My favorite example of this is how Python has not one, not two, but four ways to do string formatting. You have the old-school
% formatting, then you have
$-interpolation, then you have
str.format which Rust borrows heavily from, and now you also have f-strings which are similar to
str.format but are baked in to the parser and can interpolate arbitrary expressions. And of course that’s in addition to the host of third-party string templating libraries that came into existence because the standard library is inadequate for one reason or another, but can’t be changed because its API and behavior is fixed.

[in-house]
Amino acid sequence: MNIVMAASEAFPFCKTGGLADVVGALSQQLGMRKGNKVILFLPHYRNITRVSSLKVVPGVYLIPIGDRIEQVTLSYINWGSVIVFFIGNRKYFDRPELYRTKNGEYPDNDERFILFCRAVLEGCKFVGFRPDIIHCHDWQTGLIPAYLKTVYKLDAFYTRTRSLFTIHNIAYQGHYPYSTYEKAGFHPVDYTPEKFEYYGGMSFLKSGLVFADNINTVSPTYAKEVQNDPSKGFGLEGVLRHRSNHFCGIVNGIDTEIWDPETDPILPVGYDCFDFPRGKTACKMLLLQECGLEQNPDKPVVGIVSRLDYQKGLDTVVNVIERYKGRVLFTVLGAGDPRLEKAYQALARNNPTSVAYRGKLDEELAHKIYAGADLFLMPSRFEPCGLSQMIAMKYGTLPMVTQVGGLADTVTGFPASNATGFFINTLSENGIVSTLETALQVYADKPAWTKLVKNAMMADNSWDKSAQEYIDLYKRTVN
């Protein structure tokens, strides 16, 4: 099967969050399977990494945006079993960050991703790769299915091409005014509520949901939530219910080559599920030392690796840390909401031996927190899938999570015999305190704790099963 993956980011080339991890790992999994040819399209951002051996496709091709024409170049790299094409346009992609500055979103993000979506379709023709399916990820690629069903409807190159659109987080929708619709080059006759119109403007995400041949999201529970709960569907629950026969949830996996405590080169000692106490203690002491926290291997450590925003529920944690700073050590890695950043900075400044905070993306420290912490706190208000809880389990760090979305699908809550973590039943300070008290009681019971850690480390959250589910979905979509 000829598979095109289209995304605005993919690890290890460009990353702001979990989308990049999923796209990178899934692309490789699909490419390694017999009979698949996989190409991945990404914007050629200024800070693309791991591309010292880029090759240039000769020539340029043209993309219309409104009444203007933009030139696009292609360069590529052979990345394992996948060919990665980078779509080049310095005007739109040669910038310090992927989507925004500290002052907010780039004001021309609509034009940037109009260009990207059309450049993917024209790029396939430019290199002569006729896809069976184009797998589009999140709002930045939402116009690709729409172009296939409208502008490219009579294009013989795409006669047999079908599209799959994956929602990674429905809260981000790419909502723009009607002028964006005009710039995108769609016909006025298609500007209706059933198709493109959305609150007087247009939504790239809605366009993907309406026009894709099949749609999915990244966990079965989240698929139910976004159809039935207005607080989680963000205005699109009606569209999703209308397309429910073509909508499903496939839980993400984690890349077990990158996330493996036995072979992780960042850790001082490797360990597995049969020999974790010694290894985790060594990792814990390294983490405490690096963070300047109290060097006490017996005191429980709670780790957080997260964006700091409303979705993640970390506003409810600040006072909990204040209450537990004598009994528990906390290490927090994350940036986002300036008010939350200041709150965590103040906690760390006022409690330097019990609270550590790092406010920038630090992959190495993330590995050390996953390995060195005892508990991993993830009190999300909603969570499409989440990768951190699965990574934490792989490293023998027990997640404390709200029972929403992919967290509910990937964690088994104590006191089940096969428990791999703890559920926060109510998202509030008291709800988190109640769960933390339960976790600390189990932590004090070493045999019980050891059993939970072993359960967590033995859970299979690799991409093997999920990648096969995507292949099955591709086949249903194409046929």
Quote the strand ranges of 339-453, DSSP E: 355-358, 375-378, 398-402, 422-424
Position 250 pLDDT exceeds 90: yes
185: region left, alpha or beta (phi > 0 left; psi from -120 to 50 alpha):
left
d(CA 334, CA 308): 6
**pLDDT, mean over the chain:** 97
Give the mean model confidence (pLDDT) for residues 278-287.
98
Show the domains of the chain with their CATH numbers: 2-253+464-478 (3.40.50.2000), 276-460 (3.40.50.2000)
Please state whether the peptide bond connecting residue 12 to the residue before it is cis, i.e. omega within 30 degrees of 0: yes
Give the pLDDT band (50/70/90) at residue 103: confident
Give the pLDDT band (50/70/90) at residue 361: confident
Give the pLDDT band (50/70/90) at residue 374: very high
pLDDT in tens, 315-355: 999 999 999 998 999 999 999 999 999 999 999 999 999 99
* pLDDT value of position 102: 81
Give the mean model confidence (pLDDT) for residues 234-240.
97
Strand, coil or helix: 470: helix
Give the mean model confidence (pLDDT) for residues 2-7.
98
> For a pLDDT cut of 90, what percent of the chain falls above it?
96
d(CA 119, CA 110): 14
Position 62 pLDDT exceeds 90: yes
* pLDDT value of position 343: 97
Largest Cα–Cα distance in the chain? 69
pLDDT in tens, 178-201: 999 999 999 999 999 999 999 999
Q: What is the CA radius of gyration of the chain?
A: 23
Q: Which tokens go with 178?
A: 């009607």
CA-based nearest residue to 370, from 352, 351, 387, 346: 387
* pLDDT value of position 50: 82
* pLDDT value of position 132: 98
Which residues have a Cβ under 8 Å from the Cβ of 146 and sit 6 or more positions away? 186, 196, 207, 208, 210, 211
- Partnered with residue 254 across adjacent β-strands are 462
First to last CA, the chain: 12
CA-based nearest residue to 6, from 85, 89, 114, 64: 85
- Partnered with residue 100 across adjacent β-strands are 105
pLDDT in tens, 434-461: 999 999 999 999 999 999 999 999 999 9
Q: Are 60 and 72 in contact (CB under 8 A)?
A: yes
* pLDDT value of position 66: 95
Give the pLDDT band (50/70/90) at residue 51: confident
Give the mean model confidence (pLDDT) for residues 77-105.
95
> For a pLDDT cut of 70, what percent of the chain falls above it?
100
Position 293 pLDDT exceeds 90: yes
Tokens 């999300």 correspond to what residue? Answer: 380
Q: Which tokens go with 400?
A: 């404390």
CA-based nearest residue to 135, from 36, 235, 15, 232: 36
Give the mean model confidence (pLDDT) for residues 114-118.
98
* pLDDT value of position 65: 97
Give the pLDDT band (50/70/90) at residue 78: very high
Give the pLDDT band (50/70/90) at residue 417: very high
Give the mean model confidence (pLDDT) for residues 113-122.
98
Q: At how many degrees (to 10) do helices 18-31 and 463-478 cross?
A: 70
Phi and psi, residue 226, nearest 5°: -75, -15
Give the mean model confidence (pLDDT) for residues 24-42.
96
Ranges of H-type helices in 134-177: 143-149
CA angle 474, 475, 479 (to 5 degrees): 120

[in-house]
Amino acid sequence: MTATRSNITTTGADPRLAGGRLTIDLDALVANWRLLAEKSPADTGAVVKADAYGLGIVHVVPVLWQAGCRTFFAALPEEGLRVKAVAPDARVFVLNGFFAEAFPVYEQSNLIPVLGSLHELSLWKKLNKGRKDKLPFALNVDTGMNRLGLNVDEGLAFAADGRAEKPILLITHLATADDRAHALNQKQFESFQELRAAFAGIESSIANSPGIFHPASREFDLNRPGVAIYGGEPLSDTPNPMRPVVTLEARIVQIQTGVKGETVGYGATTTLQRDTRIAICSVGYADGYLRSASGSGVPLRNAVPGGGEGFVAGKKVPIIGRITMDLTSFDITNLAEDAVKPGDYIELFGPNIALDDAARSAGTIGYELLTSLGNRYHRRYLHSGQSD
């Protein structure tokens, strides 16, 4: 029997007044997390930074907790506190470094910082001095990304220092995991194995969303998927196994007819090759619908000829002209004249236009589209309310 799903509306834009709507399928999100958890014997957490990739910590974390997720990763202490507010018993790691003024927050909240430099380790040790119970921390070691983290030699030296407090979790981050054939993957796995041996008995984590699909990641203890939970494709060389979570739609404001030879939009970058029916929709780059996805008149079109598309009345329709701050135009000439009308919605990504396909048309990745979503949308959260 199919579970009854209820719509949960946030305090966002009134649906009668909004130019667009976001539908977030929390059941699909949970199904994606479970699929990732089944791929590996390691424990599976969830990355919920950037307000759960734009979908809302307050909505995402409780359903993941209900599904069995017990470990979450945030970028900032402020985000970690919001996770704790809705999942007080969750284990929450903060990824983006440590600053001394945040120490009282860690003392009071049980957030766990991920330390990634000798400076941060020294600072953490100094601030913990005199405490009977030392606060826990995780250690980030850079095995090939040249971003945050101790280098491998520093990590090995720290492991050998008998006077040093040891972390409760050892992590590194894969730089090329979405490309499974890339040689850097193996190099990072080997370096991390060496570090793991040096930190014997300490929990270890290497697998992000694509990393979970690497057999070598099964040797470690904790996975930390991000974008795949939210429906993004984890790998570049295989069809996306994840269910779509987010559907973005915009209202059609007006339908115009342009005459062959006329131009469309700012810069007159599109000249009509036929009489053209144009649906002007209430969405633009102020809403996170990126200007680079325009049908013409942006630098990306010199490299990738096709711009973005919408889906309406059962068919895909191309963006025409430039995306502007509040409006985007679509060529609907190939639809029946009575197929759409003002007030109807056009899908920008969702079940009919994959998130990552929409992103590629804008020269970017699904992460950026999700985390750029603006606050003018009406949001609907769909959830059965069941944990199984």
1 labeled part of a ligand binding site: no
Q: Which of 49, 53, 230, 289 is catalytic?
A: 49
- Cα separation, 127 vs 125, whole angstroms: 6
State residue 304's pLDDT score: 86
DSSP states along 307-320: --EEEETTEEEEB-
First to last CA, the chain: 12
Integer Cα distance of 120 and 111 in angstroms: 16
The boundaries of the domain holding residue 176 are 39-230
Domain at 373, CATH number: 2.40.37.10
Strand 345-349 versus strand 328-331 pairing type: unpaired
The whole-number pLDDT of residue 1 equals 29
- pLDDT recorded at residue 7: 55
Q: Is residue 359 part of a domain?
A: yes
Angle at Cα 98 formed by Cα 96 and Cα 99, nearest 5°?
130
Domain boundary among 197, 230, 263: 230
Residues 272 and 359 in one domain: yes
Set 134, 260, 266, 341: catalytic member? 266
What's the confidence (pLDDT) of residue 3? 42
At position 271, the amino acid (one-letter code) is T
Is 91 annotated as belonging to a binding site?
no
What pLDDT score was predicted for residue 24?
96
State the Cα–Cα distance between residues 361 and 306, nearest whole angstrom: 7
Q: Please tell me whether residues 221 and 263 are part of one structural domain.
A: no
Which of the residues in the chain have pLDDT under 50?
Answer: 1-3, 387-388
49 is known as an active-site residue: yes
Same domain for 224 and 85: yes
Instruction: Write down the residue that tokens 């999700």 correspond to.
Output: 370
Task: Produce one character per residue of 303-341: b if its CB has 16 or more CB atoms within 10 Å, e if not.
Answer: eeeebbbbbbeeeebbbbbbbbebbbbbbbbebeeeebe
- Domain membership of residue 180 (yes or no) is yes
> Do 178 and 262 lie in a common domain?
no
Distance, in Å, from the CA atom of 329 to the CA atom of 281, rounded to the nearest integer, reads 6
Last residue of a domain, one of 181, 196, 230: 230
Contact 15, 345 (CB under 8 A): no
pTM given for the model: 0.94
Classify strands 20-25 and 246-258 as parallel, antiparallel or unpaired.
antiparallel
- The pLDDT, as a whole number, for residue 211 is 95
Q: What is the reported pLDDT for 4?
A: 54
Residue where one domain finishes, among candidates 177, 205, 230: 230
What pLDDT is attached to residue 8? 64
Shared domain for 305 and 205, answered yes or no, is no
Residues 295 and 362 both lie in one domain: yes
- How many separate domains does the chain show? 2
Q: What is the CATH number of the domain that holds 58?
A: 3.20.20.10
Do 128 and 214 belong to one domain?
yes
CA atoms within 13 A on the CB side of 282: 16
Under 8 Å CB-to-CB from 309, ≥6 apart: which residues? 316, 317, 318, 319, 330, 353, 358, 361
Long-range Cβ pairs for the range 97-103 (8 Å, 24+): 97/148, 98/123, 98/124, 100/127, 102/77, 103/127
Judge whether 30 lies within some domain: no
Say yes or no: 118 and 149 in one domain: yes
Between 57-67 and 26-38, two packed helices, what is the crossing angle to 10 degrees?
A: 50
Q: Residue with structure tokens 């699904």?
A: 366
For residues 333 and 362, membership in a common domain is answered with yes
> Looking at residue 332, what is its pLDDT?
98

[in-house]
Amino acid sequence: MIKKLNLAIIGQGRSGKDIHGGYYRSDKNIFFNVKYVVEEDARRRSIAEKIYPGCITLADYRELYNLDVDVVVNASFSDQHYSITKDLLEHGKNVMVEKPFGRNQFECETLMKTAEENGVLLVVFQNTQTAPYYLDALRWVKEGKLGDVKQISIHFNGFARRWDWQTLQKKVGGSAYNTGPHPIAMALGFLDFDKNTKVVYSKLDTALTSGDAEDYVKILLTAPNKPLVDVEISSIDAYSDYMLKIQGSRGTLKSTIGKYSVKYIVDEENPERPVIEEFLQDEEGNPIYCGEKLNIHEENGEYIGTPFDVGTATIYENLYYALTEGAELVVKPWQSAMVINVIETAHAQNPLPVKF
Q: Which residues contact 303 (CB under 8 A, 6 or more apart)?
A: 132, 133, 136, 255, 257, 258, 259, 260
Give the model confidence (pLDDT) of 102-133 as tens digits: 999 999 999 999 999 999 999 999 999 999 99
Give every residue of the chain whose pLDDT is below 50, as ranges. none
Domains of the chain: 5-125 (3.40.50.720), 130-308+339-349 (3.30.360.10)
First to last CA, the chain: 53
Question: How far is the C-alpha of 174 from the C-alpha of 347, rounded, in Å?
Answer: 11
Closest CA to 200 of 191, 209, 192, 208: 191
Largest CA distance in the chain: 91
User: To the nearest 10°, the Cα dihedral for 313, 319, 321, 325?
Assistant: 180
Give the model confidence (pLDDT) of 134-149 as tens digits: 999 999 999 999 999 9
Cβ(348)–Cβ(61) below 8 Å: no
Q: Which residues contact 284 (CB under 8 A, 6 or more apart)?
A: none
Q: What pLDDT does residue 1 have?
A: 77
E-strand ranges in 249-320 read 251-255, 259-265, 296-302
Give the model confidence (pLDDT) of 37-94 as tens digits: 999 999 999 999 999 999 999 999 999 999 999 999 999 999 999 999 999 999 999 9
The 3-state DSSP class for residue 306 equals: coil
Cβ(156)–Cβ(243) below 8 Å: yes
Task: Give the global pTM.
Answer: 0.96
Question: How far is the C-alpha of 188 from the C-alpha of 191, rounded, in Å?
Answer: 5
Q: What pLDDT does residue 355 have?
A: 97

(For the record, Python is one of my top 2 favorite languages and the “batteries included” stdlib really shines for things I use Python for. But I think the minimal stdlib approach is better for Rust.)
Others have already responded to this, and you’ve said you won’t keep posting, but I find it curious that you consider this a reason to put it into
std. If anything, I think it cuts the other way: surely it would be better to have a mature, time-tested crate first, and then migrate it into
std, than to create a new, immature implementation and then fix it “forever” (well, until deprecation) as a part of
I don’t object to the idea of putting concurrent collections in
std; I’d just rather it be done right than done right now.